Thursday, March 01, 2007

Bill Dolan and Primitive Sound System - D.C.'s Tavern Thursday March 1st from 9PM to Closing

Hello Y'all,
February is past and we march into Spring from here. Of course this means I can be found standing behind the bar at D.C.'s spinning some tasty little slabs of wax while Bill recoups from his dirty set by dancing shirtless and balancing his beer. Sex and Rock-N-Roll at its best. C'mon it's a bar for god's sake; two out of three ain't bad. I certainly have some new stuff in me bag-o-tricks since me day of birth has recently passed and I can't wait to give 'em a test spin and see how they handle.

- pat.

Bill Dolan and Pat. Longo Spin-in' a New Month
Thursday March 1st
From 9PM to Closing
D.C.'s Tavern
505 8th Street
Hoboken, New Jersey

Here's a sampling:
Gate Wesley & Band (Vocals: Billy LaMont) - "(Zap! Pow!) Do The Batman" (Atlantic cat. 45-2319)
There doesn't seem any end to my obsession with Batman songs and it is really amazing to me the number of songs based on or from The Batman series that are nothing short of spectacular. This one is particular great and has a weird 50's meets 70's Funk feel to it. Squonky horns, twangy yet sharp guitar and jet sounds thump, bump and clang under LaMont's gravely voice. He sounds a bit like a drunk on a corner screaming at people as they go by but somehow it is perfect for the groove. I'll take 10 more just like this please.

Dyke & The Blazers - "Black Boy" b/w "Let a Woman Be a Woman Let A Man Be A Man"
Both versions here are unreleased. Of course the B-side is one of Dyke's greatest moments on wax but this is a more raw, slightly slower version with a longer break section than the classic original. If "Let A Woman..." wasn't already one of my favorite tracks of all time this can certainly push it to number one. From the first second I heard Dyke & The Blazers I was immediately hooked by their insanely tight tracks and Dyke's raspy, beautiful voice all recorded in what sounds as first takes. There is nothing more beautiful to me in music and art than when something is perfectly flawed.

The Spooks - "The Spook Walk" from "Vampires, Cowboys, Spacemen & Spooks - the very best of Joe Meek's instrumentals"
So you get a little obsessed with the occult and eventually it consumes you and you kill yourself and your undeserving land-lady. You would think this act alone would overshadow ANYthing you did when you were one a little less OUT OF YOUR FUCKING MIND, BUT Joe Meek leaves behind some of the greatest music I have ever heard. On this amazing ep There are three issued tracks and one unreleased one. "The Spook Walk" is a creepy, mid-tempo, guitar headed soundtrack with an eerie organ that sounds very Lurch. The guitar gets most of the spotlight and deservedly so as it has a round full sound with an almost vocal quality.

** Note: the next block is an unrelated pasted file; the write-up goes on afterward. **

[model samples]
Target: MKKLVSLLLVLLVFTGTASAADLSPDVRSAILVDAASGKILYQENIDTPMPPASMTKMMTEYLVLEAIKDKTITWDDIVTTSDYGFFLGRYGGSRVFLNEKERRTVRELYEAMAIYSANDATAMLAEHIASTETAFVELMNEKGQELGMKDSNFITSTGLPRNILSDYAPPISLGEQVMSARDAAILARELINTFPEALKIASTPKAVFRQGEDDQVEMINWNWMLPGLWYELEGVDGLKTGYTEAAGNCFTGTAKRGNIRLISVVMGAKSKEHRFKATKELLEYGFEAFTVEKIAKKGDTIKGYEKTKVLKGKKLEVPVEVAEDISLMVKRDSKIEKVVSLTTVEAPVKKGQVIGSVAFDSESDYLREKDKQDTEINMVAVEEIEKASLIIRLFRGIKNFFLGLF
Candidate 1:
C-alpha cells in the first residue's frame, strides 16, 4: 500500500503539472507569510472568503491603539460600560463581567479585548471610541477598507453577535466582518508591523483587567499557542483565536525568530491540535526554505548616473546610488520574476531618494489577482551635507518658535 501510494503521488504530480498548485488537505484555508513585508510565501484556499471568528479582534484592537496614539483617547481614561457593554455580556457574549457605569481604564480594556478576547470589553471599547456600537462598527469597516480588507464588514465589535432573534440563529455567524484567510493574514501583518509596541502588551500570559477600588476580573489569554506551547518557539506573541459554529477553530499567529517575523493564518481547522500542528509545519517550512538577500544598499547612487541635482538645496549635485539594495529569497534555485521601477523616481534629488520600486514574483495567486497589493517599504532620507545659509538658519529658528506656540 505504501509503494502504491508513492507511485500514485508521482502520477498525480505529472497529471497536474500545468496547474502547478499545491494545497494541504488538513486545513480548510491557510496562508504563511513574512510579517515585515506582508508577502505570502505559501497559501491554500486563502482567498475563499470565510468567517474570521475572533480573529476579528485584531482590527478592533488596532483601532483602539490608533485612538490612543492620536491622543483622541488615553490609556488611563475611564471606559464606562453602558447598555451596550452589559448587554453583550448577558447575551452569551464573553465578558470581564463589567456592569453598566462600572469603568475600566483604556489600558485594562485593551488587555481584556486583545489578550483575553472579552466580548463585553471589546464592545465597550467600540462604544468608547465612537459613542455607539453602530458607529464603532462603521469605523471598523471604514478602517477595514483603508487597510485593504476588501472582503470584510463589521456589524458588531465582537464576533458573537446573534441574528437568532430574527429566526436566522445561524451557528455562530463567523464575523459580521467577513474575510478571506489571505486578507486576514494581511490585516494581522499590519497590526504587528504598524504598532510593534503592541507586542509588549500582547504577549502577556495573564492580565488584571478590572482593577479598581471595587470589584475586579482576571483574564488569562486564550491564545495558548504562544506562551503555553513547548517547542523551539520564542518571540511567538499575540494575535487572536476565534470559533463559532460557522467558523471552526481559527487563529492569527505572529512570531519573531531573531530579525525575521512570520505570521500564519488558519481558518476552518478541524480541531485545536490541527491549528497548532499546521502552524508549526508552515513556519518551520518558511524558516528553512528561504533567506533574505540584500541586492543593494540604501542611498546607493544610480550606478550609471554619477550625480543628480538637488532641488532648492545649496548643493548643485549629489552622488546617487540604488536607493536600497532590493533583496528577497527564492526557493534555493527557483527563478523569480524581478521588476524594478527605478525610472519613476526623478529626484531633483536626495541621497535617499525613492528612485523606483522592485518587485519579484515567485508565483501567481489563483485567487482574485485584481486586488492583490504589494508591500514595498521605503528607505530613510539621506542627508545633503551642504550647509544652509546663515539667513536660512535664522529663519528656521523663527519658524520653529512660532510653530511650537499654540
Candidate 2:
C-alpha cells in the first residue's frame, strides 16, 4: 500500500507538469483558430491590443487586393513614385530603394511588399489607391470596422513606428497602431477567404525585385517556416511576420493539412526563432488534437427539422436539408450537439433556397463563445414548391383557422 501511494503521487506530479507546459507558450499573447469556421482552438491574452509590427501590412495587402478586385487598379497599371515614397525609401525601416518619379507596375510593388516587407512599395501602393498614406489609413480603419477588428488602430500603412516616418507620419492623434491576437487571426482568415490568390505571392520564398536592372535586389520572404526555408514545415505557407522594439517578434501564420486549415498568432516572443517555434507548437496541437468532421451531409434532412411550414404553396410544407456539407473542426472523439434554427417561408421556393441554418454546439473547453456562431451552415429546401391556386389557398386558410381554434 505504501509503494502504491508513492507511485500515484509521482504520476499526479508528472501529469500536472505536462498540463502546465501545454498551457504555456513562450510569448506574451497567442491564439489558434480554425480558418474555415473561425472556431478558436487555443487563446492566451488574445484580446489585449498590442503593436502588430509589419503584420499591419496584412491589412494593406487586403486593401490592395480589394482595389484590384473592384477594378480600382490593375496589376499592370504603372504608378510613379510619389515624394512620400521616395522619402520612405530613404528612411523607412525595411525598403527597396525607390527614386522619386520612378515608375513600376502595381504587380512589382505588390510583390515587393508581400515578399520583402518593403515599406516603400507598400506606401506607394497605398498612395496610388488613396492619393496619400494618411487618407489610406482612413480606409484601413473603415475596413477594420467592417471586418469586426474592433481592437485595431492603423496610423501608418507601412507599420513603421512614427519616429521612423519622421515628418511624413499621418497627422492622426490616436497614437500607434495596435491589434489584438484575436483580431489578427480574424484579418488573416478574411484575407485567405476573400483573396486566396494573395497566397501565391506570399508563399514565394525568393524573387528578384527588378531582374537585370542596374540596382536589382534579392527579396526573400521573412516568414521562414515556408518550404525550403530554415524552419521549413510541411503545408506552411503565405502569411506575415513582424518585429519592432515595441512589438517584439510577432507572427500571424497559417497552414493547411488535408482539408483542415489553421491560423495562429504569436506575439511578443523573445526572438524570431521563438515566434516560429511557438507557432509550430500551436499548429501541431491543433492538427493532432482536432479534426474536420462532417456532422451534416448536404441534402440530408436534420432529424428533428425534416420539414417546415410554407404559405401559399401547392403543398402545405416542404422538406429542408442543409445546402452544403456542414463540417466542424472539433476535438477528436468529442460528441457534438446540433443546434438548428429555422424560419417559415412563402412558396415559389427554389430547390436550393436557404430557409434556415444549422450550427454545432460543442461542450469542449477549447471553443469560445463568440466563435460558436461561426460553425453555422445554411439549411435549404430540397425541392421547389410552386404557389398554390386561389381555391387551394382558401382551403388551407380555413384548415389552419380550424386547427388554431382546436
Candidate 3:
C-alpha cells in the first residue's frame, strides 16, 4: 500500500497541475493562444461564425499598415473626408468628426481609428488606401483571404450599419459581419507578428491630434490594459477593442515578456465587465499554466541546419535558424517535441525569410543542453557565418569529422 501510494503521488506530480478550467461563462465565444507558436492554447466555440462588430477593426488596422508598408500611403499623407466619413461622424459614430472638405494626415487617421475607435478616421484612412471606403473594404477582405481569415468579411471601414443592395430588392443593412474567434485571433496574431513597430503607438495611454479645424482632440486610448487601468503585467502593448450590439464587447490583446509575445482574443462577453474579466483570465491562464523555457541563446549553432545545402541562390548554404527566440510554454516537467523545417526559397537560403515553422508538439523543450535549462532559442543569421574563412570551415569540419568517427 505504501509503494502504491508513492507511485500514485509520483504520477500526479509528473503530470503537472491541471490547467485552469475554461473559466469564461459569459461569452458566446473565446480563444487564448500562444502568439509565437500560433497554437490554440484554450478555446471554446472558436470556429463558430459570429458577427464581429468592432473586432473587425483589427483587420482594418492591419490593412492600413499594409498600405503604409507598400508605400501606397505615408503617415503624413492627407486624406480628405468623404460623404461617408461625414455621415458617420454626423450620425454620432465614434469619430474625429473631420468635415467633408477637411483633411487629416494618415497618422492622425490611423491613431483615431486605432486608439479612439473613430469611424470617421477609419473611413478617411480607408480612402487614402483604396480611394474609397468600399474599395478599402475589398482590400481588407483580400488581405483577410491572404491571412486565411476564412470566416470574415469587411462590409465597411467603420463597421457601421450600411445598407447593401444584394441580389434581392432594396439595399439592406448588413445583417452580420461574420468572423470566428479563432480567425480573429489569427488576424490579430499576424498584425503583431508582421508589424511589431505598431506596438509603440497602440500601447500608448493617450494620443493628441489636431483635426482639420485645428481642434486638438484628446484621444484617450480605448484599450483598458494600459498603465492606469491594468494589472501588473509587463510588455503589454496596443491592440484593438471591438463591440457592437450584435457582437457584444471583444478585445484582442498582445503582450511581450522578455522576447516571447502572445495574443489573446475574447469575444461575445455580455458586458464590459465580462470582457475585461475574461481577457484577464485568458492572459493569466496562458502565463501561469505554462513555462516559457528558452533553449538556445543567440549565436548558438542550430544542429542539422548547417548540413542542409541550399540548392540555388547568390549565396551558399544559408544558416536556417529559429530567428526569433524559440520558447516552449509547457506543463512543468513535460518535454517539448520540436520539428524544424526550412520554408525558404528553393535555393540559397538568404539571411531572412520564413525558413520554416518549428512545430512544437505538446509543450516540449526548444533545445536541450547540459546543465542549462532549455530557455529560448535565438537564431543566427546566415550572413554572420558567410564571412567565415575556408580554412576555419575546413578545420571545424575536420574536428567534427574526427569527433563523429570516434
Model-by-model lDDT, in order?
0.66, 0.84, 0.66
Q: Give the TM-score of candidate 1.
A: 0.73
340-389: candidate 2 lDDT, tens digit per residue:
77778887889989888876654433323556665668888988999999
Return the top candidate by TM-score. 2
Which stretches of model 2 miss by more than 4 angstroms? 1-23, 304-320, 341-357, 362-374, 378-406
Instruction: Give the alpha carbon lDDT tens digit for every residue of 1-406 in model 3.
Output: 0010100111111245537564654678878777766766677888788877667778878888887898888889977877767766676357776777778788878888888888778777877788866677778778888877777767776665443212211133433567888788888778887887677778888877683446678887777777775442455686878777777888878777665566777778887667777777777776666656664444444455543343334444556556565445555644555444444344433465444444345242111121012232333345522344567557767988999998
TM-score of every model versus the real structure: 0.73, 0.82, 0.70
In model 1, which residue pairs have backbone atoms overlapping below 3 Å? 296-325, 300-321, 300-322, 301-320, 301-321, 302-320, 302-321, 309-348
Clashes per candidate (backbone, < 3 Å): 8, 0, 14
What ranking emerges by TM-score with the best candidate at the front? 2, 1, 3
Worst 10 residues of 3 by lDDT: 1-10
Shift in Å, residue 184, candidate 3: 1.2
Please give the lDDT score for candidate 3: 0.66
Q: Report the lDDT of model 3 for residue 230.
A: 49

The Shadows of Knight - "Oh Yeah' b/w "Light Bulb Blues" (Dunwich cat. 45-122)
I can't decide which side to drop on this little gem. "Oh Yeah" is almost comical in its I can give a crap attitude and sparse arrangement. The more I think about it, it takes balls to do this and walk out of the studio saying, Yeah that is done, we nailed it. Pretty classic. But, "Light Bulb Blues" is pretty wild. Far more revved up and inspired. Fuzzed guitar, a pounding beat and desperate vocals make for quite a trip.

"Big" John Patton - "Ain't That Peculiar" b/w "Amanda" (Blue Note cat. 45-1926)
Hmmm. I can't decide on this one either. "Amanda" is the far more Jazzy side but is more close to a Soul Instrumental than Jazz with a steady beat, groovy guitar and Patton's screaming organ throughout. "Ain't That Peculiar" is more of a Mod dancer. It starts out with the guitar giving a pretty straight read of the tune but soon busts wide open to a pounding, party, floor stomp that I find myself air drumming to every time I listen. It closes out with the guitar giving another read of the theme and fades to give us a moment to catch our breath.

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